Friday morning we met as staff to coordinate the details of worship for the weekend. The senior pastor would preach the upcoming Sunday, called in the old one-year lectionary Judgment Sunday. I would lead the service as the intern pastor, including framing prayers for the day.
We went home intending to continue after lunch with review of the week and assignments for next week. That was the routine. But life changed over that lunch hour. People ran off the street into the church office: “Did you hear the news? President Kennedy was shot in Dallas!” So began a roller coaster of events and emotions, each more tangled than the last. Our minds grew hazy with incredulity. People said and did things they would never say or do in ordinary time. But this was time out of joint, extraordinary time. News accounts were sloppy, disconnected, and disoriented until later when national news people like Walter Cronkite and Edwin Newman regained a semblance of calm. Nothing seemed to fit together properly. Everything was in slow motion, as if the entire country had one of those auto accidents you hear about.
No one who was a conscious adult or teenager on November 22, 1963, has ever forgotten the assassination. We know exactly where we were when we first heard the news. We remember that the next days were essentially a write-off not only for us but also for the entire nation. Political affiliation dissolved just for a moment, melted down in a cauldron of grief.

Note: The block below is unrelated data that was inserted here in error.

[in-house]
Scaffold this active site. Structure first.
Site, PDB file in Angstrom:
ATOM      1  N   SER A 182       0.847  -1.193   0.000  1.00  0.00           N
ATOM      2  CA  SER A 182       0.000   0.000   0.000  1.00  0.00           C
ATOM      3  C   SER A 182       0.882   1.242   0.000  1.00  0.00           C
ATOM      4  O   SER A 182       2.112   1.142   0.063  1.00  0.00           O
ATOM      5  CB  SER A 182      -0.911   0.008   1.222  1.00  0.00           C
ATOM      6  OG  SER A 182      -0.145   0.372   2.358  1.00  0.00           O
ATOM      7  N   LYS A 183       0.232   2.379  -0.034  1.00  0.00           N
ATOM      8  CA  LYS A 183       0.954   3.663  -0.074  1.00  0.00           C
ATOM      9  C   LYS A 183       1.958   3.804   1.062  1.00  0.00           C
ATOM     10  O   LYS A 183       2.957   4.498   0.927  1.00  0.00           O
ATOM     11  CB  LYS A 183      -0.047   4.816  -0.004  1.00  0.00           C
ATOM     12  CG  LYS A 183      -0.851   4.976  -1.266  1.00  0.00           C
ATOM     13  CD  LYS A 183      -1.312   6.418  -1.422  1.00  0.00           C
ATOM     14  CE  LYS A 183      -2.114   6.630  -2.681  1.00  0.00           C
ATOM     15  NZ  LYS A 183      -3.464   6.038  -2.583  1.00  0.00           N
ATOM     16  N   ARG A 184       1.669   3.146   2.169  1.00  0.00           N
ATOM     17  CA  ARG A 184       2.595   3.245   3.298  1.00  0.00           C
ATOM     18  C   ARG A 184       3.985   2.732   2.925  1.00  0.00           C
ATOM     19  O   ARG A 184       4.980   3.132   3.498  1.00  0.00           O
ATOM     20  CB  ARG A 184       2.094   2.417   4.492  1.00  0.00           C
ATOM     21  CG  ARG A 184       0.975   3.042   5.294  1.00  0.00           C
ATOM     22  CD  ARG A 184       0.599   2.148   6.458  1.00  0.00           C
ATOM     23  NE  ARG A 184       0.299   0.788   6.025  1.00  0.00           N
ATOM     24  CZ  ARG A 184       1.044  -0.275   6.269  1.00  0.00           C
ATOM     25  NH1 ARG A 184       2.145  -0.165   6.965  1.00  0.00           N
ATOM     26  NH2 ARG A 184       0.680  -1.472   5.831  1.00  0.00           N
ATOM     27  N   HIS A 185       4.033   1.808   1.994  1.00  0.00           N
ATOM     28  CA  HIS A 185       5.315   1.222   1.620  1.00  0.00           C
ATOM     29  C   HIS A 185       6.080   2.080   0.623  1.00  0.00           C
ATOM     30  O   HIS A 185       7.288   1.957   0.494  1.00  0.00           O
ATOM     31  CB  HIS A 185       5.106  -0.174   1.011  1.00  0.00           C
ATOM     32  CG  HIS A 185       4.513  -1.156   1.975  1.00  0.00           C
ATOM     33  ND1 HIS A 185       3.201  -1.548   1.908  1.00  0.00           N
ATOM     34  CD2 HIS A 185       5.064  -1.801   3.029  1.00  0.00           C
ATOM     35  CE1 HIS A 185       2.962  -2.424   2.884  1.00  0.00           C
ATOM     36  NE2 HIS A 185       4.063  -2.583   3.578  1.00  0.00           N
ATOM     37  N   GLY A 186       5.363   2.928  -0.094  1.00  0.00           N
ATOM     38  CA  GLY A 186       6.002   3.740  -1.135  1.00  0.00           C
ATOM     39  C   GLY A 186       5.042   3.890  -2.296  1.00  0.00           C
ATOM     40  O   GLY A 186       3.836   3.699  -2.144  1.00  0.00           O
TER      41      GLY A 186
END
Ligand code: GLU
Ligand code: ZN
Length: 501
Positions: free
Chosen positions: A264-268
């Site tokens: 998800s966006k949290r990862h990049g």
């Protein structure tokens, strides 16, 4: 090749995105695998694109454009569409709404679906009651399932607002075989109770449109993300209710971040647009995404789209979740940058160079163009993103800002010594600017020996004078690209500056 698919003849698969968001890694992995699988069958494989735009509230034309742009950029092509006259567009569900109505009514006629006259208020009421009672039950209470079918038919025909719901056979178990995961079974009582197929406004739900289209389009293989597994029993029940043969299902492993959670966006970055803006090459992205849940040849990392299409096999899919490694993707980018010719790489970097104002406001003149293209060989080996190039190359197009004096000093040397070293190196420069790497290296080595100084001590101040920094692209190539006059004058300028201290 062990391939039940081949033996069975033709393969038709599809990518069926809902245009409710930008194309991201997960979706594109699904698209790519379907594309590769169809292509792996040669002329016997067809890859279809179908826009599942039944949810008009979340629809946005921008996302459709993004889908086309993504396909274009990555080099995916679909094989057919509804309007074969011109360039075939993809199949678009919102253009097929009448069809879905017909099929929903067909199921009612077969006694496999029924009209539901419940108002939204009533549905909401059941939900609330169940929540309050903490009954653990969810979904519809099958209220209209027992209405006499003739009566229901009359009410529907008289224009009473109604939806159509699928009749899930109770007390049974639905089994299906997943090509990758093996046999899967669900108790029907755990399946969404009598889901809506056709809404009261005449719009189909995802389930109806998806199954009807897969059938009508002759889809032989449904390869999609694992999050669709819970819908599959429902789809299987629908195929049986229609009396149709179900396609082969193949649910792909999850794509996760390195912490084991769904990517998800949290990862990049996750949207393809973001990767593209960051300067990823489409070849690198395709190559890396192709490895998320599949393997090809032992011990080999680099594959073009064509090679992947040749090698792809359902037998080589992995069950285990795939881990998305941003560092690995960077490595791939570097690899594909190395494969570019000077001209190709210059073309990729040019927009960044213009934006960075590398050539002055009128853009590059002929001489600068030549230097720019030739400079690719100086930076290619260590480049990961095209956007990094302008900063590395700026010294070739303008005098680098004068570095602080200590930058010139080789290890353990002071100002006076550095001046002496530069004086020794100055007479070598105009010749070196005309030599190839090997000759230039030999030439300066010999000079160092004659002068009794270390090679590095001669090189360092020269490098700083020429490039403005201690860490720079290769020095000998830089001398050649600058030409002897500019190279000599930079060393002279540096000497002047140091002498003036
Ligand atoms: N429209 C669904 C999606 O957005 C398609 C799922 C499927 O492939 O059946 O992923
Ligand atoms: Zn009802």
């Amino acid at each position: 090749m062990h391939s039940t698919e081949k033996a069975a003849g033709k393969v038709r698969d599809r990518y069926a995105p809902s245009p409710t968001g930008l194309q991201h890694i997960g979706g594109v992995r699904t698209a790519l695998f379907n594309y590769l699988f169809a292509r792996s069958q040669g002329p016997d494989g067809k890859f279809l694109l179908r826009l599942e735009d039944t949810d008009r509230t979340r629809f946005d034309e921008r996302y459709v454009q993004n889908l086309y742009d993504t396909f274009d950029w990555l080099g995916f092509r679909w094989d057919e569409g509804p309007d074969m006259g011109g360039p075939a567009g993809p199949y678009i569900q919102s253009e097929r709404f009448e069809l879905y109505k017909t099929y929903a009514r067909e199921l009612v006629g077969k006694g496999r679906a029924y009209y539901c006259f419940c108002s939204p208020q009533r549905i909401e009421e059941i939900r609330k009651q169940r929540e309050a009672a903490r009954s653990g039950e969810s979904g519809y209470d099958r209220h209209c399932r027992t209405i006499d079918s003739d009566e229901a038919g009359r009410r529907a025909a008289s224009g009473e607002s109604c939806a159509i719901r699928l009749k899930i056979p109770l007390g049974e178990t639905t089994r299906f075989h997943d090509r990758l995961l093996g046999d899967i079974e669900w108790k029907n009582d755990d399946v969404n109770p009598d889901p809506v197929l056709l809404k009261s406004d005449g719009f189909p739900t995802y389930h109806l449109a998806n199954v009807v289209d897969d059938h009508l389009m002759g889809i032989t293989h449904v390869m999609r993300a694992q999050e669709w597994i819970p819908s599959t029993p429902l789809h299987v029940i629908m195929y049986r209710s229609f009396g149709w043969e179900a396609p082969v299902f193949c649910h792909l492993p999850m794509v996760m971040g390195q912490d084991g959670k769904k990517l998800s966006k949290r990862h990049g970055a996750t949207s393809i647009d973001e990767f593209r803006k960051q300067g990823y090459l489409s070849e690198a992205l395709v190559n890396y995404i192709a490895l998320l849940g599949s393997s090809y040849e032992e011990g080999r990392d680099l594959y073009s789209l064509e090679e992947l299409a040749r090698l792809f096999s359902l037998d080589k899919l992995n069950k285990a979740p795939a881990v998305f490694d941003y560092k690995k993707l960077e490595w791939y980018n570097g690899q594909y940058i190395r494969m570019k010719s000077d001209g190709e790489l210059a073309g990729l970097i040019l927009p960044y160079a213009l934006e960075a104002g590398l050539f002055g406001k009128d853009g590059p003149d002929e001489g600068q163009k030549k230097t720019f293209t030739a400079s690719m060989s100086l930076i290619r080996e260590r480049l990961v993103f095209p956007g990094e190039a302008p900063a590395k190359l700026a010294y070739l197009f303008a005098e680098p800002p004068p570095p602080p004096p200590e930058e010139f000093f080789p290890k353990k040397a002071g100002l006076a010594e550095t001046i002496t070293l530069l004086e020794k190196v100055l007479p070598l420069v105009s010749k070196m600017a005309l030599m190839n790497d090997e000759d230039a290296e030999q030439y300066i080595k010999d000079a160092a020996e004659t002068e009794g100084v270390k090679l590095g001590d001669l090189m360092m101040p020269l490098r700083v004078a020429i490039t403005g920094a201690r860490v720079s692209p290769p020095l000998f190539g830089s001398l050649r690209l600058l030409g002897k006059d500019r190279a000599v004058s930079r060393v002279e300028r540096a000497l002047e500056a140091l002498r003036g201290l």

The roller coaster continued: Malcolm X and Medgar Evers and Martin Luther King and finally Bobby Kennedy. So much loss, so much senseless killing. What we grieve at the assassin’s bullet is the sudden curtailing of a projected path of hopes and dreams and plans. In a second we lose what might have been.
The vast majority of people alive today were not born when these tragic events occurred.
Those of us who lived through that time should admit that we have never quite overcome it. Like Bill Murray in the film Groundhog Day we always repeat it in some way. The feeling reminds me of a line from a contemporary hymn in use then: “The peace of God it is no peace but strife closed in the sod.” Indeed.
The loss is like scar tissue in our hearts. Many fell from youthful idealism into a sewer of cynicism. Some of us found a way to put our hearts and minds to new causes, whether or not justified. Some sank into drugs or alcohol fueled in part, I’m sure, by the heartbreak that washed over us like a tidal wave. The decade that began with Frank Sinatra and Dean Martin and button-down collars and stingy-brimmed hats and glamour ended with The Rolling Stones and Frank Zappa and jeans, the mud of Woodstock and the jungles of Vietnam. The death knell rang the changes.
Fifty years on, along with my fellow citizens from that era, I can get this out of neither my head nor my heart. Every November 22nd I must take time to clear my throat, step outside in the air and wipe one more unbidden tear from my cheek for the collective tragedy of the sixties focused in that death of the president. Time collapses like a telescope and I am there once again.
This is neither sentimentality nor nostalgia; it is grief never fully purged.
“My country ‘tis of thee, sweet land of liberty, of thee I sing…”